Michael S. Jeffress and William J. Brown
Power soccer (or powerchair football), the first competitive team sport for users of motorized wheelchairs, is receiving increased attention among people with disabilities, healthcare professionals, and academics. The present study provides a qualitative analysis of the experiences of 34 American power soccer athletes. Participant observation and in-depth interviews with 11 female and 23 male athletes were conducted between 2007 and 2013. Results indicate that involvement in power soccer provides participants with an increased sense of empowerment, acquisition of social capital, and psychosocial benefits, including a deep satisfaction of the desire to participate in competitive sports and an opportunity to be independent. Implications of these findings for improving the quality of life of people with physical disabilities and for future research are discussed.
Internet-based sport communication mediums represent a crucial area of scholarly inquiry for the field. The continuing growth in popularity of blogs, message boards, and other Internet-specific types of sport communication presents sport communication scholars with a plethora of avenues for research. This commentary examines one such avenue, through a survey administered to users on 14 college sport message boards. Survey results indicated that message-board users were primarily male (87.8%) and White (90.8%) and possessed at least an undergraduate degree (76.0%). In addition, 42.2% of users reported a household income of $100,000 or more per year. The analysis of the resulting demographic and usage data highlights some of the key aspects of this sample of users, including information relating to race, gender, income, education level, and salience of message-board use by both subscribers and nonsubscribers. These and other factors are presented as potential areas of future scholarly inquiry for sport communication researchers.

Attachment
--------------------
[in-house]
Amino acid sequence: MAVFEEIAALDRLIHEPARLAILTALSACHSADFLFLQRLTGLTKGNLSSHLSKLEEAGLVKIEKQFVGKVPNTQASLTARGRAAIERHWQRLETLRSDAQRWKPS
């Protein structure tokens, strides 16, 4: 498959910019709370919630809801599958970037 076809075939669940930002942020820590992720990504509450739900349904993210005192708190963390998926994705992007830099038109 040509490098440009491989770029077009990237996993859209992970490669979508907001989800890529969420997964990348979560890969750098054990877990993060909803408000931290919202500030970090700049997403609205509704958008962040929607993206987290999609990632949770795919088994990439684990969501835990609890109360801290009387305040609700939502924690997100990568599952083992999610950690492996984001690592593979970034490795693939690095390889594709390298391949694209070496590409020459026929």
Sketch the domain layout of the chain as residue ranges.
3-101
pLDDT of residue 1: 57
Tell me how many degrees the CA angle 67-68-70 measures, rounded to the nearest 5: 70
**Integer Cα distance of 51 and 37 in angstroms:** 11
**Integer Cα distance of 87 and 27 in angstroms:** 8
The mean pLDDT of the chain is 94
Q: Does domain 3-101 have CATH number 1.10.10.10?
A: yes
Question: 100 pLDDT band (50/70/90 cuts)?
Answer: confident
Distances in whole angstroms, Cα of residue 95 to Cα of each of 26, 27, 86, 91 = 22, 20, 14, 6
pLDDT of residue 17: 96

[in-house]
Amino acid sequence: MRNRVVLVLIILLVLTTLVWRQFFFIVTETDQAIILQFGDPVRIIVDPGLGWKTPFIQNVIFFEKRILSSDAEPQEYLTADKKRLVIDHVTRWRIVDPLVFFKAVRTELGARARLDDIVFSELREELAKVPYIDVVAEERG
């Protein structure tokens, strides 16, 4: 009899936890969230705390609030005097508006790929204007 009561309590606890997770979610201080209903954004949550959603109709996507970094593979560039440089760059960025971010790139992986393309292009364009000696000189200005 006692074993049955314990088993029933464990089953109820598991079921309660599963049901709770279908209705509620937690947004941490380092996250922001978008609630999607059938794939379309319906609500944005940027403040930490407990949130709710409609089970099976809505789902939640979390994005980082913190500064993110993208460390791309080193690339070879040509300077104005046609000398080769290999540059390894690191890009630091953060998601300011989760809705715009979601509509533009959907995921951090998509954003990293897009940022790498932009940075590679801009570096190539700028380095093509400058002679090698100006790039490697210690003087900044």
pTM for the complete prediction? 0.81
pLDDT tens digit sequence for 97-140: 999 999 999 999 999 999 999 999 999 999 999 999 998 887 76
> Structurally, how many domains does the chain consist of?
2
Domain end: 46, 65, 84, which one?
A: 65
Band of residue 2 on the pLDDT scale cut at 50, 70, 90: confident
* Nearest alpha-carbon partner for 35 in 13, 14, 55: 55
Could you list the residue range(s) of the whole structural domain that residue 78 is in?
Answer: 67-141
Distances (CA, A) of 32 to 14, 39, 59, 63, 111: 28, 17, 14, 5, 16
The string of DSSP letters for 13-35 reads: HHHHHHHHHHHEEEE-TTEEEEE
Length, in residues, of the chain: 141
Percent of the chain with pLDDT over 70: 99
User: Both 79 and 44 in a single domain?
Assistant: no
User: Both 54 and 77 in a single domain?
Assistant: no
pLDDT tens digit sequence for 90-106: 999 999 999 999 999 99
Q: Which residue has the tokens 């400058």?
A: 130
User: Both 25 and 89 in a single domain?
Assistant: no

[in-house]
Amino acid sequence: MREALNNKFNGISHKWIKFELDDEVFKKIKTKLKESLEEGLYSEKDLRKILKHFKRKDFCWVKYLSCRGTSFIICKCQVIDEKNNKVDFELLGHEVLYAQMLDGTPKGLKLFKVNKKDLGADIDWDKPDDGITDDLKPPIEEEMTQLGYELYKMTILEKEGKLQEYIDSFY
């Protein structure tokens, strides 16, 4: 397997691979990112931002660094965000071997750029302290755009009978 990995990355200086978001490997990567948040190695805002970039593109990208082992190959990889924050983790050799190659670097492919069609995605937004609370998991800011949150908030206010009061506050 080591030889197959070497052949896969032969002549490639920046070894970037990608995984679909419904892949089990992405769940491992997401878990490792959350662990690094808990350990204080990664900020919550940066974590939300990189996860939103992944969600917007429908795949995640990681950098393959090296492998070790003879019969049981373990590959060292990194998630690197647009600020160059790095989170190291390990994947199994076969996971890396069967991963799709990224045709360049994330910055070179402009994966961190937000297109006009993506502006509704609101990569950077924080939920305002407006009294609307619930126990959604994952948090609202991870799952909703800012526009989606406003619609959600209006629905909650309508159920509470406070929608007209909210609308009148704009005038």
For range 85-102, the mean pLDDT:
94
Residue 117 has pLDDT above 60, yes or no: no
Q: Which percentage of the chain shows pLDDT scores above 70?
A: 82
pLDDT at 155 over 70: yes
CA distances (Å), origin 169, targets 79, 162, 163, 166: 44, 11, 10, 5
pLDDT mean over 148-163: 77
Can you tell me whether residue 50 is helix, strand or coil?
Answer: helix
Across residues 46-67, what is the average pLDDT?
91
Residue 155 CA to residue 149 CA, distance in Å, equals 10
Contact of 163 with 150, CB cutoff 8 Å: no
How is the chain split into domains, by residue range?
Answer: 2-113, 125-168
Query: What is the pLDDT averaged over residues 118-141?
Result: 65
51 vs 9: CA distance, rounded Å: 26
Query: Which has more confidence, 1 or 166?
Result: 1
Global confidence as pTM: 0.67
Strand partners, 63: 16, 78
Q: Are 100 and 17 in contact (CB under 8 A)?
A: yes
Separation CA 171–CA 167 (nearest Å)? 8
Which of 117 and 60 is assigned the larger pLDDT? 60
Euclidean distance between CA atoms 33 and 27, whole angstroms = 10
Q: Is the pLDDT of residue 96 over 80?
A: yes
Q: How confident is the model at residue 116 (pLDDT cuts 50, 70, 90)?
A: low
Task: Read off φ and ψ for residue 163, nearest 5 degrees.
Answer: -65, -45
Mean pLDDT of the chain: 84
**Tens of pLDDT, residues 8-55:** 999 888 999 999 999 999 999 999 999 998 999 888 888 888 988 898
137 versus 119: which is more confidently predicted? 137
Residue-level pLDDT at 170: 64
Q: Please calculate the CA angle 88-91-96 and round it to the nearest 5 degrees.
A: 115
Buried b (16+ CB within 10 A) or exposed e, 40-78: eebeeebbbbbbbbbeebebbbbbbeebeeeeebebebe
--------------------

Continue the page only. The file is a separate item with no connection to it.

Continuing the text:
Terry Eddy, Lamar Reams and Stephen Dittmore
As online business models have evolved, learning what drives users’ consumptive behaviors has gained increasing interest to sport researchers and sport properties. An increasing number of sport properties are expanding, and deriving revenues from, their presence on digital-media platforms (e.g., MLB, NBA, NFL, UFC, WWE, etc.). Of the sport properties mentioned, none are more reliant on digital-media activity than the Ultimate Fighting Championship. As such, the purpose of this study was to examine the motivations and related consumption habits of users of non-subscription-based (i.e., free-to-use) online message boards. Findings suggest that message-board users find value in the opportunities for interactivity and that heavy online mixed-martial-arts users watch more events and purchase more merchandise than those who spend less time online.
Dana L. Wolff-Hughes, Eugene C. Fitzhugh, David R. Bassett and Christopher R. Cherry
Greenways (GW) can be sited and designed in a variety of ways. However, the extent to which siting and design relate to GW user’s demographic characteristics and physical activity (PA) is unknown. The purpose of this study was to compare 2 GWs that differed in terms of their siting and design, with respect to the aforementioned variables.
A trail intercept survey measuring PA, modes of GW access, and demographics was administered on 2 GWs (GWlinear vs. GWloop), which varied in siting and design characteristics.
GWlinear (n = 216), compared with GWloop users (n = 400), accumulated significantly greater volumes of PA from both accessing and using the GW (P = .012). GWlinear users were more likely to be younger, male, and never married; they were also more likely to engage in transportational PA (10.6 vs. 0.3%, P ≤ .001) and access the GW via active transit modes (37.0% vs. 4.2%, P ≤ .001).
GW siting and design appears to be related to user characteristics, and the types and volumes of PA performed. These results should be considered by GW planners and designers to best serve the PA needs of the community.